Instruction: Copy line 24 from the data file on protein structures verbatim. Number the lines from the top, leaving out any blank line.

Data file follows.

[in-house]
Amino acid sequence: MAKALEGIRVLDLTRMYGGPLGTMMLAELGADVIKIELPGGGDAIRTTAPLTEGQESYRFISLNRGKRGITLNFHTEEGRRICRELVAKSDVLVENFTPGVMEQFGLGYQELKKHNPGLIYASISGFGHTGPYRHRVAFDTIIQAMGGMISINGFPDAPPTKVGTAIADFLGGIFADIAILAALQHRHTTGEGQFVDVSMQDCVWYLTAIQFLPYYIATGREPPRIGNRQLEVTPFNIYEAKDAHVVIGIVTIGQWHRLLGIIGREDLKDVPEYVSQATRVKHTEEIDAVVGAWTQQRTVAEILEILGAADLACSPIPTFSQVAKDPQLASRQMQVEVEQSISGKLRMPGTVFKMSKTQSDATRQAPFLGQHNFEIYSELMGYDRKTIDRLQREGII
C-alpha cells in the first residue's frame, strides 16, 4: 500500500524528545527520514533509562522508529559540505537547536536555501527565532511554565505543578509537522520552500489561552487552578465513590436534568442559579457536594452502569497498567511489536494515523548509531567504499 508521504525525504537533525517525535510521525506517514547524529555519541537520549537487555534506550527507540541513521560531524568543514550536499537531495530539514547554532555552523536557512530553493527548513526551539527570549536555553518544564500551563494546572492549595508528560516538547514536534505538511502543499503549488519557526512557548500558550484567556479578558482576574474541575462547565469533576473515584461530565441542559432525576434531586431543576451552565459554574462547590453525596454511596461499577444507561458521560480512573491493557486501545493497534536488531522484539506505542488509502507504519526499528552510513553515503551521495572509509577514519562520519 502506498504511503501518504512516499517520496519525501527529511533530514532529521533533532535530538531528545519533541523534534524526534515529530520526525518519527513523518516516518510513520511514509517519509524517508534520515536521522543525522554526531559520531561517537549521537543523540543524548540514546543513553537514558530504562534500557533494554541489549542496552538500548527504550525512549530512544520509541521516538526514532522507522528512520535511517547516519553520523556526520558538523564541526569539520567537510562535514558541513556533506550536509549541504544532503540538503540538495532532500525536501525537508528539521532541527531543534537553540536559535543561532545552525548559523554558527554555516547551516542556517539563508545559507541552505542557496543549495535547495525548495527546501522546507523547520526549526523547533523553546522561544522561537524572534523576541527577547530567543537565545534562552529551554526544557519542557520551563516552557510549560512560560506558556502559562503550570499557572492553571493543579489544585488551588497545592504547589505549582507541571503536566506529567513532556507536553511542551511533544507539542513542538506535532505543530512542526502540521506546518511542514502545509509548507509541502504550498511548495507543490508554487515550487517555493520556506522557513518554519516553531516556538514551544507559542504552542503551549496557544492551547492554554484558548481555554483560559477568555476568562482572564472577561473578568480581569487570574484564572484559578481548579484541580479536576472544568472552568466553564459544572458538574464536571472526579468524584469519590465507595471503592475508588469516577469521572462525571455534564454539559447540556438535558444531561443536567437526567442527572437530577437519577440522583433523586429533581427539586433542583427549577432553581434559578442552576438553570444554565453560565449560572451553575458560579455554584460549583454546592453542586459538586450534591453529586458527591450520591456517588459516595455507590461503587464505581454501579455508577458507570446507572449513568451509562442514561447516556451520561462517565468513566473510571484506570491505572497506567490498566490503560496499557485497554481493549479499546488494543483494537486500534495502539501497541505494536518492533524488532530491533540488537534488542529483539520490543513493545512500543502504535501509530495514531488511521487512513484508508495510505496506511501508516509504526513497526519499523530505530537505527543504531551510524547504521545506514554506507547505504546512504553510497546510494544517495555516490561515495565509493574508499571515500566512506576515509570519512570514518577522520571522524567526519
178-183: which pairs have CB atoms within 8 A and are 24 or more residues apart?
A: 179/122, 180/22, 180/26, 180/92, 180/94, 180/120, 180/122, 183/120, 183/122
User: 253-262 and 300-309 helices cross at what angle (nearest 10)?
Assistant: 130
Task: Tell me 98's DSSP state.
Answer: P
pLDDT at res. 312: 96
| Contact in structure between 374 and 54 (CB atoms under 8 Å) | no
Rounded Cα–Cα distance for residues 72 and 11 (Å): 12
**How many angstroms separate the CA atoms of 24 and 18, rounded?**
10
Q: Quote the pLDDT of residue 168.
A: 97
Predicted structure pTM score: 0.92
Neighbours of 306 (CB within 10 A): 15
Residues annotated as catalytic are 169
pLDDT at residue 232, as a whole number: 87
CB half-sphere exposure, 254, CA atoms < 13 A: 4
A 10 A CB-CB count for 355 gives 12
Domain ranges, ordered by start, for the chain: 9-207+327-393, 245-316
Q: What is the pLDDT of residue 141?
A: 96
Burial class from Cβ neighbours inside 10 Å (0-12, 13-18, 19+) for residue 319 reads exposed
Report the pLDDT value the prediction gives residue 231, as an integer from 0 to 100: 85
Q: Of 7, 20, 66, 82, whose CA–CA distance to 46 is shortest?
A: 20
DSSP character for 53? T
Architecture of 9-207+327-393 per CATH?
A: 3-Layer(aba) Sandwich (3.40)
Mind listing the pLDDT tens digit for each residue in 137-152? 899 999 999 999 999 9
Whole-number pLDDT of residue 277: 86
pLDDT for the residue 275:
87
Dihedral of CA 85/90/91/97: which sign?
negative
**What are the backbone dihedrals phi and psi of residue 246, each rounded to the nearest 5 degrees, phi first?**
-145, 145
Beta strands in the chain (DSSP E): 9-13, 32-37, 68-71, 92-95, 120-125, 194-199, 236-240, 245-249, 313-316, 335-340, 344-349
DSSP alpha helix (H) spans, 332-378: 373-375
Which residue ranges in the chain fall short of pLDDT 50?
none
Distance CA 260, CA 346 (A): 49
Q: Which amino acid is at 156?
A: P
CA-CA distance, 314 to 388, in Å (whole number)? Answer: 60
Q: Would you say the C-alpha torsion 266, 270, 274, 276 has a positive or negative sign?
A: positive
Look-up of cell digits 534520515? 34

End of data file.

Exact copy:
Q: What is the pLDDT of residue 141?